In a speech to the General Assembly of the UN, Kofi Anon reprimanded countries that acted independently of its agreed upon charter, saying,

Since this Organization was founded, States have generally sought to deal with threats to the peace through containment and deterrence, by a system based on collective security and the United Nations Charter. Article 51 of the Charter prescribes that all States, if attacked, retain the inherent right of self-defence. But until now it has been understood that when States go beyond that, and decide to use force to deal with broader threats to international peace and security, they need the unique legitimacy provided by the United Nations. Now, some say this understanding is no longer tenable, since an "armed attack" with weapons of mass destruction could be launched at any time, without warning, or by a clandestine group. Rather than wait for that to happen, they argue, States have the right and obligation to use force pre-emptively, even on the territory of other States, and even while weapons systems that might be used to attack them are still being developed. According to this argument, States are not obliged to wait until there is agreement in the Security Council. Instead, they reserve the right to act unilaterally, or in ad hoc coalitions. This logic represents a fundamental challenge to the principles on which, however imperfectly, world peace and stability have rested for the last fifty-eight years. My concern is that, if it were to be adopted, it could set precedents that resulted in a proliferation of the unilateral and lawless use of force, with or without justification. (Unilateralism or Multilateralism)

Although Anon does not specifically mention the United States in his speech, it is clear who his remarks are directed to. If the United States continues on its path of unilateralist foreign policy, the UN may be irreparably damaged, an event that would significantly reduce the stability of international relations.

In addition to the negative effects it has had on international organizations like the United Nations, the United States’ policy of unilateralism has hurt its relationships with various countries. Rep. Joseph Hoeffel pointed to President Bush's "cowboy diplomacy" as the source of feelings of disaffection in key allies like France, Germany and Russia (Jordan). He accused the president of breaking his promise to gain United Nations support before engaging in military action against Saddam Hussein (Jordan). Arrogance among U.S. diplomats, and the White House’s uncompromising position on many important issues has led to a loss of US credibility around the world. The Bush Administration's approach to international diplomacy has created feelings of alienation within the governments and populations of friendly countries, and has inspired many nations to engage in defiant rhetoric and establish policies to counteract those of the United States. Failures of important international conferences such as the World Trade Organization talks in Cancun and the Special Summit of the Americas in Monterrey indicate the increasing resistance to US policy. On numerous occasions, the Bush Administration has shown that rather than work toward a common solution, it will end negotiations unless its desires are completely met, and as time goes on, more and more countries are beginning to grow wary of the stubbornness of the current administration. President Bush’s Neoconservative advisors do not seem concerned by this turn of events, though. Like any White House policy, the decision to act unilaterally was obviously given much thought, and ultimately the leaders of the United States felt that the benefits outweighed the consequences. As one reporter described it, “Animosity abroad can be seen as a small price to pay for global hegemony” (Carlsen). The United States estranged important allies based on their shared belief that the war in Iraq is not justified and will lead to instability, and increased terrorism throughout the world.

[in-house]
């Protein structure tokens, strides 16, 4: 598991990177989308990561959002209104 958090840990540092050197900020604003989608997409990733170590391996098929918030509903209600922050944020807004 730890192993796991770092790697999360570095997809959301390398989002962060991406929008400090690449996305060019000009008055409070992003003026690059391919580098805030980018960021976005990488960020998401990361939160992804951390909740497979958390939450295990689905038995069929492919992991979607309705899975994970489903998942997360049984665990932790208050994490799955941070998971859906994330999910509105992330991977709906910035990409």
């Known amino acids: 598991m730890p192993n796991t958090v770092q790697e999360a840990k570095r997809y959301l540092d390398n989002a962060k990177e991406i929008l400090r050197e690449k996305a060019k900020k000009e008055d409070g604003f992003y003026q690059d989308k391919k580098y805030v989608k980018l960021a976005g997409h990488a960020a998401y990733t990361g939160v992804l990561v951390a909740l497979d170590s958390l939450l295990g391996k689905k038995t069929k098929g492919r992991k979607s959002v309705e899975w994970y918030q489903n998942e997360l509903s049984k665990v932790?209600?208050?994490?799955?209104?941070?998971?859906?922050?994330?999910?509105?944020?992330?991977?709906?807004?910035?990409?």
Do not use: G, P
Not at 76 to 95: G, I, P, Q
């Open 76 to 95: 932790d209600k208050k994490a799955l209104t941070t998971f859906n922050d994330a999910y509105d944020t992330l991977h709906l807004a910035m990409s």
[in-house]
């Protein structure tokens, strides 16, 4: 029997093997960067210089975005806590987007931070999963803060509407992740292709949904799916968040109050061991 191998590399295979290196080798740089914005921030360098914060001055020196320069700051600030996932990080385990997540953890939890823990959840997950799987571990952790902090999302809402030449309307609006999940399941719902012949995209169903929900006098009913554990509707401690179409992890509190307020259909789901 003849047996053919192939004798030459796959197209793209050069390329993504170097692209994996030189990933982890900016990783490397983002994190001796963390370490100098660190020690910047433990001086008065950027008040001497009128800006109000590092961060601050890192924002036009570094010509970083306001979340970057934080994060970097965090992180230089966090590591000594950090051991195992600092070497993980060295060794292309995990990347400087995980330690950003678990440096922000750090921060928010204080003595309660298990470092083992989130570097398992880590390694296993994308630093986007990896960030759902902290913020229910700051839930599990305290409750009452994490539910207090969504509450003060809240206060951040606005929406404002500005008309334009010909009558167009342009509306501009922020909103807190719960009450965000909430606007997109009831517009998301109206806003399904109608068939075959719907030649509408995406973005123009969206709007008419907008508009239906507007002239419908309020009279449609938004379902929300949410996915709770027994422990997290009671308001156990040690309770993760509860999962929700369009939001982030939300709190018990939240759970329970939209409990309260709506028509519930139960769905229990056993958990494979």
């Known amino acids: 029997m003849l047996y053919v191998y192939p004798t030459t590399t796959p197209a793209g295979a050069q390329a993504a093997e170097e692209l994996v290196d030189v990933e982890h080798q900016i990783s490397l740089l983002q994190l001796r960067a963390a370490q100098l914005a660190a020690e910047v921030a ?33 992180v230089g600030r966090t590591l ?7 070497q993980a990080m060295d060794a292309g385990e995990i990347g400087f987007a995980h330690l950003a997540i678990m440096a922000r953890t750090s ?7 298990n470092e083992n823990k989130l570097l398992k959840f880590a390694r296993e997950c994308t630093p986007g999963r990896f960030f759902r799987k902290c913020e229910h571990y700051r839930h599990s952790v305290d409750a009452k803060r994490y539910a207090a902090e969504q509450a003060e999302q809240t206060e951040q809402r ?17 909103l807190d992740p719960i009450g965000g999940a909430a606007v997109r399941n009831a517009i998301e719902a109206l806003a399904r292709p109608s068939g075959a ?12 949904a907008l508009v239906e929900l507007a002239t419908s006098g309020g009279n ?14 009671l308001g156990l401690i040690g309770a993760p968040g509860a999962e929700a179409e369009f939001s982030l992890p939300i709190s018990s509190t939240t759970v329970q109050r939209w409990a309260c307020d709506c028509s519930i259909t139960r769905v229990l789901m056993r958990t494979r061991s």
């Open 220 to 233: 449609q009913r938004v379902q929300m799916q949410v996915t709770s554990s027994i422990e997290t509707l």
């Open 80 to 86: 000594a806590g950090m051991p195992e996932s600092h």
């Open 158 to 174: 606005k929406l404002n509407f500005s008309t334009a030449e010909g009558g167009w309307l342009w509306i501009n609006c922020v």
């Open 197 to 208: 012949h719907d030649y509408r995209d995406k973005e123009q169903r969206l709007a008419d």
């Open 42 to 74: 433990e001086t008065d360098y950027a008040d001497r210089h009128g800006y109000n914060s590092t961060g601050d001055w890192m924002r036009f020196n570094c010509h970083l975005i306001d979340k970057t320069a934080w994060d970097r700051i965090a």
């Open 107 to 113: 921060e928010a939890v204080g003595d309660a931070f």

The Bush Administration affects the ability for the international community to act on non-security issues by refusing to budge from its unilateralist “our way or the highway” stance. Despite—or perhaps because of—its position as the world's primary producer of greenhouse gases, the United States criticized the science behind the policy established by the Kyoto Protocol. While 160 officials from different governments met to work toward a solution to global warming, President Bush, a former oilman, publicly doubted the threat of climate change, and no longer supports the Kyoto Protocol or plans on living up to the goals agreed upon four years ago. Ken Krupp, the executive director of Environmental Defense, said, "The Bush Administration's approach of explore for oil and ignore the science on global warming leaves the U.S. increasingly isolated from the rest of the world.